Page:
عنوان مقاله [English]
Introduction: Wheat production is considered one of the strategic objectives of the governments in view of the importance of wheat to feed a growing population and achieve self-sufficiency in production. Hence, in recent years, the largest acreage is allocated to wheat among crops (5). However, shortcomings such as incorrect use of production factors (Water use, cultivation, fertilizer, pesticide and seed) has resulted lack of good performance. Yield production and farmers' income maybe increased through correct and optimal use of available production factors and improving farm efficiency. Lack of attention to the correct use of limited inputs by farmers and low productivity has caused inappropriate qualitative and quantitative development of wheat production (2).
Materials and methods: The economy of zeolite application for wheat production was investigated using a combined analysis from two completely randomized block design (with 20 ton/ha topsoil zeolite clinoptilolite incorporated and without respectively) each of which included 5 treatments with 4 replications. Treatments were combined urea fertilizer, potassium sulfate, Di ammonium phosphate at (a) 0, 0 ,0 , (b) 200, 0, 250 , (c) 200, 100, 250, (d) 200, 200, 250 kg/ha respectively and also (e) urea fertilizer + DCD + potassium sulfate + Di ammonium Phosphate at 200, 15, 200 and 250 kg/ha. Yield and yield components and also nitrogen, Phosphorous, potassium, calcium and magnesium in grain and straw were determined at harvest. Soil potassium, Ca, Mg, P and N were also measured pre-heading.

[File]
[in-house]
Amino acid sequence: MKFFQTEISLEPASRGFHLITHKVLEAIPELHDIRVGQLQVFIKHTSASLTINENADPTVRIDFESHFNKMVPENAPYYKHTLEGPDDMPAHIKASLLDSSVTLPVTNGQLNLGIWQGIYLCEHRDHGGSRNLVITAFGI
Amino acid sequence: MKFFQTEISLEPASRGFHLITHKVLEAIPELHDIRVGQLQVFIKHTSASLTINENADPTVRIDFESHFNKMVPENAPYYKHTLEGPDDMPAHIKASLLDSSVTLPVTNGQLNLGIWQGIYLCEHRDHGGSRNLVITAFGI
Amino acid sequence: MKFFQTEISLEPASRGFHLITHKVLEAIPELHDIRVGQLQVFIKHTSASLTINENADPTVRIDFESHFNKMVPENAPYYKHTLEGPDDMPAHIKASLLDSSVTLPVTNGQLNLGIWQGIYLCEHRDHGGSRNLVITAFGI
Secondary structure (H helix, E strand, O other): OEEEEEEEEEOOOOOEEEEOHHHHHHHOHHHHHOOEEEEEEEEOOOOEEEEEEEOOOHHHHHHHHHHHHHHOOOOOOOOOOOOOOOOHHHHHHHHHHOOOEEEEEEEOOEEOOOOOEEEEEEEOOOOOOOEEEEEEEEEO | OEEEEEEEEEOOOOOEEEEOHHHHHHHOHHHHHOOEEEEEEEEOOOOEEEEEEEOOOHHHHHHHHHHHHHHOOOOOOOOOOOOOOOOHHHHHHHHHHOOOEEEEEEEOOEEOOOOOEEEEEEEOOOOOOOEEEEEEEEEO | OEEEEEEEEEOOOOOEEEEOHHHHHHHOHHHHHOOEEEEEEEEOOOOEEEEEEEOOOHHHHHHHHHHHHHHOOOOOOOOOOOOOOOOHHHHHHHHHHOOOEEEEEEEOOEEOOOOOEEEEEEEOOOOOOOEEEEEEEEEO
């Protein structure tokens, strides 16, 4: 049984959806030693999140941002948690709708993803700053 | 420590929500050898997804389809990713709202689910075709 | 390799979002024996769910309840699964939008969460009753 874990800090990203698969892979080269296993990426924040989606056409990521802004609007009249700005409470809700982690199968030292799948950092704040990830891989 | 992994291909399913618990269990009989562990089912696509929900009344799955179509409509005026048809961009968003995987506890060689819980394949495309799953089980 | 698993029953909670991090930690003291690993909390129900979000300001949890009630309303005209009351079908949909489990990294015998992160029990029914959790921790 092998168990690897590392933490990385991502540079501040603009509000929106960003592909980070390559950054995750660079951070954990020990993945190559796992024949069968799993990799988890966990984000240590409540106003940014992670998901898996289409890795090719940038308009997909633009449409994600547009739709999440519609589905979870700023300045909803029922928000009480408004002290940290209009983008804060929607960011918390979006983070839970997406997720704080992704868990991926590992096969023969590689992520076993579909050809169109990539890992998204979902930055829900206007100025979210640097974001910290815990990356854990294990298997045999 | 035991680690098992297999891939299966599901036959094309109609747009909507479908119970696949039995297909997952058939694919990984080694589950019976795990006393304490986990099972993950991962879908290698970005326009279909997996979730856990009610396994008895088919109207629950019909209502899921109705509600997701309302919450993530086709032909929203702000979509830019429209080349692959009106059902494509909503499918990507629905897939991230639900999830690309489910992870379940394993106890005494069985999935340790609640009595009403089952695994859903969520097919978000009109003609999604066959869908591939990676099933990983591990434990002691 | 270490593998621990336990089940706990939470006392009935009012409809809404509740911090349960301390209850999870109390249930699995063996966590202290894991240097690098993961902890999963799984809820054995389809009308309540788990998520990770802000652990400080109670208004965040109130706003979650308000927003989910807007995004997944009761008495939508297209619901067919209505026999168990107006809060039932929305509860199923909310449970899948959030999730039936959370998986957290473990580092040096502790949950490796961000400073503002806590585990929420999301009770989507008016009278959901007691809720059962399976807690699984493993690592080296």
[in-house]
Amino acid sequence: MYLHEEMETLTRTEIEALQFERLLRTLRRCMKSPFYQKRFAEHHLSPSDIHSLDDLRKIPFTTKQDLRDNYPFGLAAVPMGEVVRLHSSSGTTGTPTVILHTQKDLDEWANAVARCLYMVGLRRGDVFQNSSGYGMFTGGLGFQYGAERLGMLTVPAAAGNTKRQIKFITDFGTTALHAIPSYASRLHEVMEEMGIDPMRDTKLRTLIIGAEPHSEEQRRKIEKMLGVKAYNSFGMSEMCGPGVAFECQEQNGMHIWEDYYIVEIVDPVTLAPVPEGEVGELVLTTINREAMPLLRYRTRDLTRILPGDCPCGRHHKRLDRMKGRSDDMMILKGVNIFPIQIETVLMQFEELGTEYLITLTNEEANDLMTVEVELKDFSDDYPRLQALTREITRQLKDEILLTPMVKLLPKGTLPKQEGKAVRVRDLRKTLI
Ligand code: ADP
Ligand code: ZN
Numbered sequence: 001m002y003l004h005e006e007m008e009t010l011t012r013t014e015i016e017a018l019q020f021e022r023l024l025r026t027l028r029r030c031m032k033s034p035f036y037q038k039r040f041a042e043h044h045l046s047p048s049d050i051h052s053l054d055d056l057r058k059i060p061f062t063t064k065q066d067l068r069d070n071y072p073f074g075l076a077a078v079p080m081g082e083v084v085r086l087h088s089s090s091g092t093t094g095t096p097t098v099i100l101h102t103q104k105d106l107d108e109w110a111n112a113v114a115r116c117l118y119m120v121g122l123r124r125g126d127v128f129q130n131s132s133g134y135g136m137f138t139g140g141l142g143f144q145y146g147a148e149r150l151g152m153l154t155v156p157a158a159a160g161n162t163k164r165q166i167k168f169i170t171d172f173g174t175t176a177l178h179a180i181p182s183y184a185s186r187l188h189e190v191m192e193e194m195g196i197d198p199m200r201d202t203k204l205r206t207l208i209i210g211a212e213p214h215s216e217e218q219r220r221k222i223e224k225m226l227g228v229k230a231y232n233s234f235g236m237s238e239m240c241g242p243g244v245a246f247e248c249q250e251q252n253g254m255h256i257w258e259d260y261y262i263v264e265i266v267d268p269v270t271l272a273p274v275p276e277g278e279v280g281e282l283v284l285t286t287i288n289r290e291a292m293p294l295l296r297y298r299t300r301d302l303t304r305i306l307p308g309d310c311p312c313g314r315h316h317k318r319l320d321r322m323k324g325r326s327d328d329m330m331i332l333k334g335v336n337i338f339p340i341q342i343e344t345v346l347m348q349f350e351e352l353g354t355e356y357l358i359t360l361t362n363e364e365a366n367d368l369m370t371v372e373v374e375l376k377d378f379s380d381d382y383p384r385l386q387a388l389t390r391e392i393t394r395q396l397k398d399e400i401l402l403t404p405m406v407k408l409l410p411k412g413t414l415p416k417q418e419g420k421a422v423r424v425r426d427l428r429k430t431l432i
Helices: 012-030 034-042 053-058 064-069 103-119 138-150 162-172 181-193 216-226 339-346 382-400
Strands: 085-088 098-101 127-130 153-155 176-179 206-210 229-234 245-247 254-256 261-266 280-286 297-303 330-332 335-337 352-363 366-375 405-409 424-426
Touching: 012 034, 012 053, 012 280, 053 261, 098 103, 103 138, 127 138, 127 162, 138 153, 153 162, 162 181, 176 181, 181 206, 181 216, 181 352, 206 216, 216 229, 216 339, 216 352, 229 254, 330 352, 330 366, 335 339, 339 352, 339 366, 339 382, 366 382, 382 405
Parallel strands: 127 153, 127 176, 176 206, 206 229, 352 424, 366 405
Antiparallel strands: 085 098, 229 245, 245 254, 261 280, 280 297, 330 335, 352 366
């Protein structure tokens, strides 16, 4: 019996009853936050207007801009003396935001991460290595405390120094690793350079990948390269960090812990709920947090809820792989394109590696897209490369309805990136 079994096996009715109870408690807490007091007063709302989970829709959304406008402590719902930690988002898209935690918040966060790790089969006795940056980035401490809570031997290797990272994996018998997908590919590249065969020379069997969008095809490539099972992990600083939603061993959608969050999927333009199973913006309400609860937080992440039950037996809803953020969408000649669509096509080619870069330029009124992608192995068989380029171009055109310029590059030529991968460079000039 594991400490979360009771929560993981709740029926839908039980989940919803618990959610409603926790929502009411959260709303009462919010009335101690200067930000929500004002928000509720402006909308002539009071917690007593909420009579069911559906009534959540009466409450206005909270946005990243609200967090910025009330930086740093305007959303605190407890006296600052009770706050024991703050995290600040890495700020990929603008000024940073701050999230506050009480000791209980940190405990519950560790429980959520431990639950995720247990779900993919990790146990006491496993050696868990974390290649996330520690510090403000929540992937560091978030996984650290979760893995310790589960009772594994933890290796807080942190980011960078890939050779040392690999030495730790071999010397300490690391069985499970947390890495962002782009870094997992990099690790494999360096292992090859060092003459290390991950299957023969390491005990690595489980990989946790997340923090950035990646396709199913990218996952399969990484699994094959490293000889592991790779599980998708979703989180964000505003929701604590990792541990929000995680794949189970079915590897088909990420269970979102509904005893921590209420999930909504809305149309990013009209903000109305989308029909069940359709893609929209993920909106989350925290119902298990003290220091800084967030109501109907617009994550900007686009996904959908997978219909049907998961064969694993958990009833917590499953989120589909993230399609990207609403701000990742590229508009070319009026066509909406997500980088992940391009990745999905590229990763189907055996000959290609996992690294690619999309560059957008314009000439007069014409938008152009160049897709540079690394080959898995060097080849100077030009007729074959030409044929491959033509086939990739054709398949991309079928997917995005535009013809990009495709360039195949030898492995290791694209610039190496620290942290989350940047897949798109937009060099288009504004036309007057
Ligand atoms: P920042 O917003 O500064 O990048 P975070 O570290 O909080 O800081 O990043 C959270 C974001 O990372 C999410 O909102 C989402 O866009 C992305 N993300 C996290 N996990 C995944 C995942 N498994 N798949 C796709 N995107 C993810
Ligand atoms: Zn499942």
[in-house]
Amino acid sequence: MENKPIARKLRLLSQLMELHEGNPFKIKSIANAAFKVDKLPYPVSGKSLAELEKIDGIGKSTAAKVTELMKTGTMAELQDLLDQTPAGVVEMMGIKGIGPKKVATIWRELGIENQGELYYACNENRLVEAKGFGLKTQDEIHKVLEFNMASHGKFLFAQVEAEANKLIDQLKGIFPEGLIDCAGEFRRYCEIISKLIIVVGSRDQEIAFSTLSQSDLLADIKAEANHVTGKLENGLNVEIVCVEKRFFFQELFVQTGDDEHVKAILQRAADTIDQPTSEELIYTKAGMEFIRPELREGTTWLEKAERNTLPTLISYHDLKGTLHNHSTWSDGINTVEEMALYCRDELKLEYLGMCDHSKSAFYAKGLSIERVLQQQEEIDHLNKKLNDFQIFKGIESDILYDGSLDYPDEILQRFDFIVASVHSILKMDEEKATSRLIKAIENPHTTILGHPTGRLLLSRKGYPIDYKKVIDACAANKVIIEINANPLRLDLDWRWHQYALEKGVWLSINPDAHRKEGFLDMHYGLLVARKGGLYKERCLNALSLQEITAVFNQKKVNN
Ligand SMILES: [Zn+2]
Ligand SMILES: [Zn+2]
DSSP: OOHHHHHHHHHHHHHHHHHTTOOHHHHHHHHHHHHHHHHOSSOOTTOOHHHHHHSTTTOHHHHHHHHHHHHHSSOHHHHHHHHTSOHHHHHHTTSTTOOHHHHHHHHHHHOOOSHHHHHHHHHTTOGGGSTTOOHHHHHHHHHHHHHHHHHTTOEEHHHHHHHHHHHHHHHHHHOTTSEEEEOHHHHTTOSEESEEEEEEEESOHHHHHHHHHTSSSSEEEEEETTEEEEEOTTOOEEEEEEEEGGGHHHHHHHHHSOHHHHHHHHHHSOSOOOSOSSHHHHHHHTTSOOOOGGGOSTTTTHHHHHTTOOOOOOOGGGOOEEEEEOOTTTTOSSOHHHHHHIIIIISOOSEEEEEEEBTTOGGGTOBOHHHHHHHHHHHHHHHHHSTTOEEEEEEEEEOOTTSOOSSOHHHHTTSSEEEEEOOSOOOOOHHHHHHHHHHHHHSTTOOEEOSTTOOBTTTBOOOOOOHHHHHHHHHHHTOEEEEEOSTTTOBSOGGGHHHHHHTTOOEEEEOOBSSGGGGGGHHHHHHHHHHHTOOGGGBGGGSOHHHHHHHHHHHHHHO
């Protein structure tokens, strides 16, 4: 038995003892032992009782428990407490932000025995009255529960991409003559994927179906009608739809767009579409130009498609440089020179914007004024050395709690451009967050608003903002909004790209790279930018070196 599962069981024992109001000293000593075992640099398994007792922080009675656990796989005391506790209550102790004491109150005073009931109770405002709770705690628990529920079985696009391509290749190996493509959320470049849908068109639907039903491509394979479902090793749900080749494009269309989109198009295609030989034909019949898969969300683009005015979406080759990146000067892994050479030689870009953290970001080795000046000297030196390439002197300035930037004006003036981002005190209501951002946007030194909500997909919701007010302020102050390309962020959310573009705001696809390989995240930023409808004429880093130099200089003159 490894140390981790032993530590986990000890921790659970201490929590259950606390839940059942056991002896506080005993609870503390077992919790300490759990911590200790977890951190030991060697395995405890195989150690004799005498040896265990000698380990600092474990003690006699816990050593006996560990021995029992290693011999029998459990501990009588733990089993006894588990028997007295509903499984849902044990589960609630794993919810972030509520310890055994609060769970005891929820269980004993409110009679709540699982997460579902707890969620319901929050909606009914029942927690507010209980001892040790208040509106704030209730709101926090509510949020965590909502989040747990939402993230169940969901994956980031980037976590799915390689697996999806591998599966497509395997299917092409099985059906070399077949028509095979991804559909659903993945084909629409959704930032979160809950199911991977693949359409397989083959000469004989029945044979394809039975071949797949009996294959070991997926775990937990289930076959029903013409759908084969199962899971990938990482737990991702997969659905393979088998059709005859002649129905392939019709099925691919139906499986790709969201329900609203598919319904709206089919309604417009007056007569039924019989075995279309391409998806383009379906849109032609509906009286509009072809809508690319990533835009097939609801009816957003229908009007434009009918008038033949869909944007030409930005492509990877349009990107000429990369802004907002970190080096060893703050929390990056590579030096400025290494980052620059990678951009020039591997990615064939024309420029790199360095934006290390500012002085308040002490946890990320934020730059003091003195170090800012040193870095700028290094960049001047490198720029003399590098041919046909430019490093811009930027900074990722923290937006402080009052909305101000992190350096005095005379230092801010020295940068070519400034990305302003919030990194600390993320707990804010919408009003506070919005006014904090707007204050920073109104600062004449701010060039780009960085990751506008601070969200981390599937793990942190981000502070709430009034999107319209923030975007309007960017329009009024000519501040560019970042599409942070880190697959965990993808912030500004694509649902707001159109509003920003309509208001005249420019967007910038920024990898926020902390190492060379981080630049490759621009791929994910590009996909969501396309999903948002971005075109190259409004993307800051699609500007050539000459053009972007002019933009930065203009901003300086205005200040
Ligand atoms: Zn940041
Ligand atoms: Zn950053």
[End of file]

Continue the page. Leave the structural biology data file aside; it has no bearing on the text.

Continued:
Results: Bio-economic analysis show that increased soil ammonium, nitrate, potassium, calcium and magnesium improved grain and straw yield. Yield was reduced with increased soil phosphorous however. Nitrogen fertilizer use efficiency was improved and fertilizer loss was decreased by potassium fertilizer application. Nitrogen and potassium fertilizer use efficiency was improved and fertilizer loss was decreased by zeolite application. Zeolite and chemical fertilizers increased grain and straw yield production and net income during the first three years.
Conclusion: Consumption of 200 kg per hectare potassium sulfate with zeolite is economically viable and increased grain and straw income, net income and additional income compared to the control in the first three years. Due to the persistence of zeolite in the soil for a long time, the economic efficiency of the use of zeolite increases with the passage of time over the years. The use of zeolite is a long-term investment and even its consumption in the first year is also cost-effective. Zeolite expenditure is amortized over years (e.g. in the periods of 20 years or more). Although the application of 200 kg per hectare of potassium sulfate and dicyandiamide increases the production of grain and straw, their high price lowers net income from wheat production.